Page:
And it struck us again within two years after my Dadi passed. My Dadaji had been shattered when Dadi had expired. I remember, as we all were preparing for Dadi’s funeral, he sat in one corner crying like a child, continuously saying ‘It should have been me. She took my place.’ His heart was broken. With his life-partner gone, he felt lonely and it ate him up from inside. He grew weak and became bed-ridden. We all were near him during his last days. My father read the Holy Scriptures to him daily as he lay on his bed. The day the reading of scriptures ended, he took his last breath.
I had lost three of my grandparents who had given me and my sister endless love. I know that their blessings are with us always but we miss them a lot. How I had wished them to be with me when I got married; when I had my kids but destiny had other plans. Still, I am at least thankful to god that I have some of the sweetest memories with them, which are going to be with me throughout the life.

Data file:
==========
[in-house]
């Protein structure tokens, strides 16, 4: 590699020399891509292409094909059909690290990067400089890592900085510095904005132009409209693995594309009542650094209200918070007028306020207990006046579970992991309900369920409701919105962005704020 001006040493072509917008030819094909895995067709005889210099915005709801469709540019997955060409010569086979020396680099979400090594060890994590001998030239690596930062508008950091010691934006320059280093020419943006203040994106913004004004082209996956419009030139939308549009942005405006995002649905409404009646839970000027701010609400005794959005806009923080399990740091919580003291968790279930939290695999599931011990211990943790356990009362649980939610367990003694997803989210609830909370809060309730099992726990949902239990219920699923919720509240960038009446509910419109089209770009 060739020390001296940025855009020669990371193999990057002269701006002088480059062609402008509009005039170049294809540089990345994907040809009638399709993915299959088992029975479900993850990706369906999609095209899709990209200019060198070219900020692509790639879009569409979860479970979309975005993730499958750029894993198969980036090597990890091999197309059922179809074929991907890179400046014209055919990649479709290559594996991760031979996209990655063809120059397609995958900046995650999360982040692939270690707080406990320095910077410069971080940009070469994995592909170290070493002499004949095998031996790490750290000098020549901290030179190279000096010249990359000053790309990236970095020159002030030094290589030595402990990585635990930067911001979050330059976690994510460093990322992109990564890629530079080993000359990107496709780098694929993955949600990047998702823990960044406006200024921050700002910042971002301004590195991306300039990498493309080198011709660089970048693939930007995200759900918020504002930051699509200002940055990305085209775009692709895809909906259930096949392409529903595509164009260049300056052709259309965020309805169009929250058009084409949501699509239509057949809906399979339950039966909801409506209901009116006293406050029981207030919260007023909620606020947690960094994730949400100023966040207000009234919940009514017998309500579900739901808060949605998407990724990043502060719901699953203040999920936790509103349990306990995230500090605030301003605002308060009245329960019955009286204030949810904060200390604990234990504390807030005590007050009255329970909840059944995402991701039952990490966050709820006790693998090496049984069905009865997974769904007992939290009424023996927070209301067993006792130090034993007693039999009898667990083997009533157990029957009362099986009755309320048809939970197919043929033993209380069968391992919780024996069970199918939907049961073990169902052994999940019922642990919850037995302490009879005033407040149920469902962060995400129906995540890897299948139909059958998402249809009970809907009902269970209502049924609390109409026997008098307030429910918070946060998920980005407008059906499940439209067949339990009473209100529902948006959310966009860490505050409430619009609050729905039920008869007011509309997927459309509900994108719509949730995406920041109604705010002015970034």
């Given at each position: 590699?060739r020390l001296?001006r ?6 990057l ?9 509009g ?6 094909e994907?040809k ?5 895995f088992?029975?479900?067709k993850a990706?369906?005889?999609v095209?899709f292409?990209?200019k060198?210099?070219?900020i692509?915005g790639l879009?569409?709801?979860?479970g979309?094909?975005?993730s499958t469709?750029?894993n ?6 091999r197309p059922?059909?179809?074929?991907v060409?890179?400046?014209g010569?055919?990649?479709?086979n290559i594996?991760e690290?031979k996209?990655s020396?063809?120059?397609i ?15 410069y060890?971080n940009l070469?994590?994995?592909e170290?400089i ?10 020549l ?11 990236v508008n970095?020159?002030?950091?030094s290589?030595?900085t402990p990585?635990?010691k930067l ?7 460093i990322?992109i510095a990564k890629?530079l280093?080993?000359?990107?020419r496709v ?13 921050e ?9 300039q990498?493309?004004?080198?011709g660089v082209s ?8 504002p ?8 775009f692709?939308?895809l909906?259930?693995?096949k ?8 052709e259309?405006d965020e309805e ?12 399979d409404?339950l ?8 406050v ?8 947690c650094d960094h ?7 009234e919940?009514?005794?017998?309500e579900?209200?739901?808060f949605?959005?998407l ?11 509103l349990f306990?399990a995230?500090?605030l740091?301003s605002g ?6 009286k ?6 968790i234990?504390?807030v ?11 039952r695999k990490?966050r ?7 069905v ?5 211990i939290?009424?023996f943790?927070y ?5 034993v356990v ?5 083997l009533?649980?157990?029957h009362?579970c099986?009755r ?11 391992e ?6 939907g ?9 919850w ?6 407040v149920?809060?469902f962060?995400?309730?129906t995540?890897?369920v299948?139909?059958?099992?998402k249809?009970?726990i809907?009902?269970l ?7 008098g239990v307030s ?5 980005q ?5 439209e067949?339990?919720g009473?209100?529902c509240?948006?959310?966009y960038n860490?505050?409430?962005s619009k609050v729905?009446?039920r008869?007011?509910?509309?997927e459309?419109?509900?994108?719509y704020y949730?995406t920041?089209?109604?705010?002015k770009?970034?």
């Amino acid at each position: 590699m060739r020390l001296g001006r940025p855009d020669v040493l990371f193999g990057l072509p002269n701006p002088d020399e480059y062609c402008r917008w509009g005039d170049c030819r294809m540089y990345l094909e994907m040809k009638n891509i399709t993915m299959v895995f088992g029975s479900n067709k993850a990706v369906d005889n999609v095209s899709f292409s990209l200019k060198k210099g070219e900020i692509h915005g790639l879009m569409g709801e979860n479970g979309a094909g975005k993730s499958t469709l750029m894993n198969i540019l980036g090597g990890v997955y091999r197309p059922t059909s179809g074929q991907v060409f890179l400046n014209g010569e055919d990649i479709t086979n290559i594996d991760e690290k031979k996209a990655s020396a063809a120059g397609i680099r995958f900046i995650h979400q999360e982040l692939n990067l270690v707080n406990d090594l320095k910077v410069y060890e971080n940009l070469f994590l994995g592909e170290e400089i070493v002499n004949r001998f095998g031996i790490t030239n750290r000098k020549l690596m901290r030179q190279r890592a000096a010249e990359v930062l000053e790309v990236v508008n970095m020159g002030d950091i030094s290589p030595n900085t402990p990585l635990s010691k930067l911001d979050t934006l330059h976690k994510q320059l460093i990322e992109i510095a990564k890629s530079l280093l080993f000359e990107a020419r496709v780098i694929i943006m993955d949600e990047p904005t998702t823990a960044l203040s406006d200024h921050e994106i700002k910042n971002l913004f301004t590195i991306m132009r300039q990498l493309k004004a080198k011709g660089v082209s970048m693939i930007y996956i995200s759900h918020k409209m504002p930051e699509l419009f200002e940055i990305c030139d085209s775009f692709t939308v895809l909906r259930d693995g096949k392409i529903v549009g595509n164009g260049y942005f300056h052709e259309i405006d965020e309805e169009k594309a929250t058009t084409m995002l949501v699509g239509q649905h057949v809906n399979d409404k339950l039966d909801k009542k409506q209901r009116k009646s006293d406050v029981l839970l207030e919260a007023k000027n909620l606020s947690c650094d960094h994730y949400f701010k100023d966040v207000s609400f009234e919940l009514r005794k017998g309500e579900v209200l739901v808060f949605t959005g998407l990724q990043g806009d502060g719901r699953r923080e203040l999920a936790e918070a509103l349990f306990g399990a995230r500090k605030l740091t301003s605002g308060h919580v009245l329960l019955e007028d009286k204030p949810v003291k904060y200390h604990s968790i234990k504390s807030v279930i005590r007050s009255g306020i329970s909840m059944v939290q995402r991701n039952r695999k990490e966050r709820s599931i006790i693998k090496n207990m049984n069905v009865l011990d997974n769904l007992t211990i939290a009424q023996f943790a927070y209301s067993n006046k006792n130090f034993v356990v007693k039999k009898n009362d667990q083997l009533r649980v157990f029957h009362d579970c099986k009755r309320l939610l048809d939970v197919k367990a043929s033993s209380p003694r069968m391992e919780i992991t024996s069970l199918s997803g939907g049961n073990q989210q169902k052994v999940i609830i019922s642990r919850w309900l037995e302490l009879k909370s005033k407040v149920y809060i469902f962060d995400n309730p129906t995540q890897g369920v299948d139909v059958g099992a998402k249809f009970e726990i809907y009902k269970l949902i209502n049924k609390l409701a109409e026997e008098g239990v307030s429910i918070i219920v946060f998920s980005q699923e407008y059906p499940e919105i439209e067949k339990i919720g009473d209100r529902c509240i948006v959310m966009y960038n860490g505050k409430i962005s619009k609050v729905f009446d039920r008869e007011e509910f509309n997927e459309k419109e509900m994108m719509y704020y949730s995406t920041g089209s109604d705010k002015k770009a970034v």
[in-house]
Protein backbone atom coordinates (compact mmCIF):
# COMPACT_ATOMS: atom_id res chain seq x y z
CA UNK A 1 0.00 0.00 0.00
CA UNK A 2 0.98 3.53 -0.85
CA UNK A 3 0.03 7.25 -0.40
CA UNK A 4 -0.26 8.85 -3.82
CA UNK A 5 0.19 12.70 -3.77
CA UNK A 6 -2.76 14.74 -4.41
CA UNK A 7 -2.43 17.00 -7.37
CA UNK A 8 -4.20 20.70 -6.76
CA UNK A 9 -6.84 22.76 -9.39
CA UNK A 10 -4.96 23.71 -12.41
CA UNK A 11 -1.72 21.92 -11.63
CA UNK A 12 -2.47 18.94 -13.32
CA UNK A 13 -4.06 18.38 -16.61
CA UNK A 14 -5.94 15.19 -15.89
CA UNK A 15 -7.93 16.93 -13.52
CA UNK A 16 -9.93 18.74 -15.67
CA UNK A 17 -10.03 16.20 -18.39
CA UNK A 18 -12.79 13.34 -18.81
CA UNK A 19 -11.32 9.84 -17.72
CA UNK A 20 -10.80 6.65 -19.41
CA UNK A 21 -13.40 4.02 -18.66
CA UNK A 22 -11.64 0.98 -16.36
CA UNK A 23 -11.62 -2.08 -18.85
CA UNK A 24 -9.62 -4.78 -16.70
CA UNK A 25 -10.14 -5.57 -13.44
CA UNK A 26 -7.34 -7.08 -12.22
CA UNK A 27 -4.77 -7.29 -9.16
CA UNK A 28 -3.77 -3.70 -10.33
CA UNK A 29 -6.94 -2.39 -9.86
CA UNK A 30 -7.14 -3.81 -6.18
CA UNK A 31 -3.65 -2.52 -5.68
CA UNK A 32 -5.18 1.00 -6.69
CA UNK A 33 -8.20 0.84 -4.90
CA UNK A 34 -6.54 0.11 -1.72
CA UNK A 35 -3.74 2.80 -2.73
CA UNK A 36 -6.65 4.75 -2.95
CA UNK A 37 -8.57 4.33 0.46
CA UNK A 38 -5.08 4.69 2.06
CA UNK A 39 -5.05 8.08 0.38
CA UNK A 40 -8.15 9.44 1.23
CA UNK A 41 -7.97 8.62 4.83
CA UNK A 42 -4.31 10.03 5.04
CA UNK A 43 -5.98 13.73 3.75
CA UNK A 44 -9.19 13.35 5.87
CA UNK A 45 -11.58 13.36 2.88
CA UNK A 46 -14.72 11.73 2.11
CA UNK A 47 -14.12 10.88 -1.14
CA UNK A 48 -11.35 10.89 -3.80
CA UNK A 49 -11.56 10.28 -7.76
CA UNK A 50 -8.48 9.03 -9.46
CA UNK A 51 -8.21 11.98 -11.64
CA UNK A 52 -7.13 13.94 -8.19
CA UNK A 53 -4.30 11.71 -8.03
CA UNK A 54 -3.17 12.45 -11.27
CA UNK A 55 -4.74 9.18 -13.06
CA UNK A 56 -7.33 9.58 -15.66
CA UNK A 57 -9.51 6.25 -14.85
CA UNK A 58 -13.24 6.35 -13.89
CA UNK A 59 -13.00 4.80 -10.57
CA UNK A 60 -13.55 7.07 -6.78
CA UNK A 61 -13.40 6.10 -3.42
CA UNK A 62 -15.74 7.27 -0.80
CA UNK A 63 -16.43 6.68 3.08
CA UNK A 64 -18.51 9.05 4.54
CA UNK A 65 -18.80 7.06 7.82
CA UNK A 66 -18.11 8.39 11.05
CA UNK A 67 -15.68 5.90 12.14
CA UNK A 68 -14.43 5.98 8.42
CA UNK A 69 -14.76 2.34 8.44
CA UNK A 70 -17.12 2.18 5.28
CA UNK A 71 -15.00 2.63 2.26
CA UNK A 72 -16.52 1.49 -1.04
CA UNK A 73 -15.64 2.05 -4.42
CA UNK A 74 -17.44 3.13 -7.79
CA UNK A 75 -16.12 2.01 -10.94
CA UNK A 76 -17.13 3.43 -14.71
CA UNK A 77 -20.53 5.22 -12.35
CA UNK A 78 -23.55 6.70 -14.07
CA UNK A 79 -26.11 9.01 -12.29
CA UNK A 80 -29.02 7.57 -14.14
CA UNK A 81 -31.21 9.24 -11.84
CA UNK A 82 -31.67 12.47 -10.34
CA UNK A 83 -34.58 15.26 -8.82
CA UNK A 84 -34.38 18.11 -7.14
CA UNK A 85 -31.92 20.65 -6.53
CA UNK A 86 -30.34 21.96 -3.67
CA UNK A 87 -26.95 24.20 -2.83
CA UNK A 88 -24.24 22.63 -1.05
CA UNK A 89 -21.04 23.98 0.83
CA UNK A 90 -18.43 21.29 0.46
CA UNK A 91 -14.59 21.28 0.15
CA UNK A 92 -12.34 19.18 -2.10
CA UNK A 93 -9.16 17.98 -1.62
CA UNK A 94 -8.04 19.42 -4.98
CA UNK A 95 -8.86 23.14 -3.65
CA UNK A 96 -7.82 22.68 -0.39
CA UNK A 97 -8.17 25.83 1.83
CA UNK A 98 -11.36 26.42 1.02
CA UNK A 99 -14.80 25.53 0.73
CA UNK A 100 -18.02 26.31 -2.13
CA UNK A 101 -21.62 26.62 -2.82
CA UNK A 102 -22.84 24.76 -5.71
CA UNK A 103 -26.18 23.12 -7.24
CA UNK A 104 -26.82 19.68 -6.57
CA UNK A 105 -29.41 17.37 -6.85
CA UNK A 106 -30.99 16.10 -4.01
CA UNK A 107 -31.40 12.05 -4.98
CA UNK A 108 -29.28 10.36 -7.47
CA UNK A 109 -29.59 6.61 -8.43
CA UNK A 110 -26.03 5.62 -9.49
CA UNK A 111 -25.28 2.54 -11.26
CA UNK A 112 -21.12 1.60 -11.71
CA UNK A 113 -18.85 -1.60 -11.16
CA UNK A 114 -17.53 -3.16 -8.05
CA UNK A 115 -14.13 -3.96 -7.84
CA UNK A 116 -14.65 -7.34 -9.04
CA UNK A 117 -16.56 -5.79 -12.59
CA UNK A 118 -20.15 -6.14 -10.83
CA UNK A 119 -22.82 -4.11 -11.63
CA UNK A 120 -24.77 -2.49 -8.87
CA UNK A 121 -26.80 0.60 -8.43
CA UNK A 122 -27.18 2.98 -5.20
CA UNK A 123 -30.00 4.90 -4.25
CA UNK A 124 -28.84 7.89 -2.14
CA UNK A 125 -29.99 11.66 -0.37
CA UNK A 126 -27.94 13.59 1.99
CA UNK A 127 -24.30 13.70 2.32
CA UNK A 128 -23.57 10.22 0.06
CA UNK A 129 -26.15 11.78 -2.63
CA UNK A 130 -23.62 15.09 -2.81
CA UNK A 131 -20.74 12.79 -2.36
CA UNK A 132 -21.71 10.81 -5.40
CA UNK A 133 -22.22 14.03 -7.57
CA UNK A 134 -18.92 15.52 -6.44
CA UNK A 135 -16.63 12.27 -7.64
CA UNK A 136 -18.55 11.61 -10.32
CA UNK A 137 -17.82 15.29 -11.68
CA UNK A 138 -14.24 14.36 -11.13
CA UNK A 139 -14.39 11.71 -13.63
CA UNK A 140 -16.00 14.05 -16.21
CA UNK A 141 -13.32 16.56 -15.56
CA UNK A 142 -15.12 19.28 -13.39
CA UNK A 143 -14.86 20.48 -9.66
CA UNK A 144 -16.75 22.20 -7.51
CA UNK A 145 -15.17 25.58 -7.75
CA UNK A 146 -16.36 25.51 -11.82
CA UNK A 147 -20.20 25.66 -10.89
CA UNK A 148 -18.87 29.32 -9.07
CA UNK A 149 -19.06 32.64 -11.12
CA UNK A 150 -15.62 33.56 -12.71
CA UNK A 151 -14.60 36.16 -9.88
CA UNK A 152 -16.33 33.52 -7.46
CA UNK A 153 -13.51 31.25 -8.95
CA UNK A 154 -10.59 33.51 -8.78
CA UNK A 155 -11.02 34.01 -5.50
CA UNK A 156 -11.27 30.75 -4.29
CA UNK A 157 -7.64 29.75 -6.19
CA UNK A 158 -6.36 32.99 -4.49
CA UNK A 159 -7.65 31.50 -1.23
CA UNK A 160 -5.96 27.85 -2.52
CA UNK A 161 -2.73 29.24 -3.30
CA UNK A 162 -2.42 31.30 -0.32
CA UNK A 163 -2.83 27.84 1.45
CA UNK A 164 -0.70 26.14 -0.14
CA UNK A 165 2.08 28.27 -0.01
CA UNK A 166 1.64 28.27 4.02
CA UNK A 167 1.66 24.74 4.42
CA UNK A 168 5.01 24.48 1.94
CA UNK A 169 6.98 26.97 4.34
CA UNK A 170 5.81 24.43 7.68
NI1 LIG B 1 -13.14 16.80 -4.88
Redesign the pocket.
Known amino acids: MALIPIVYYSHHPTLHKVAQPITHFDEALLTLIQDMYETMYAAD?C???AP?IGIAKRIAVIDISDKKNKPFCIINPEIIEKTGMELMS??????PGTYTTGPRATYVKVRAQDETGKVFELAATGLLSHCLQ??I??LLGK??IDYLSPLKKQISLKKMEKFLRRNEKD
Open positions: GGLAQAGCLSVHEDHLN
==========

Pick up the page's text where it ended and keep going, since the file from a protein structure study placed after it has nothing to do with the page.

But two years back, I again witnessed the death of my Father-in-law. He was such an active man who was so firm about what he ate and how he lived. So, it came as a shock to all of us in the family when we came to know that he had been diagnosed with cancer. The disease was in its last stage. The doctors refused to perform Chemotherapy on him as he was above 82 years of age and very frail. Within a couple of months, he lost his weight considerably and his appetite became negligible. We were losing him with each passing day.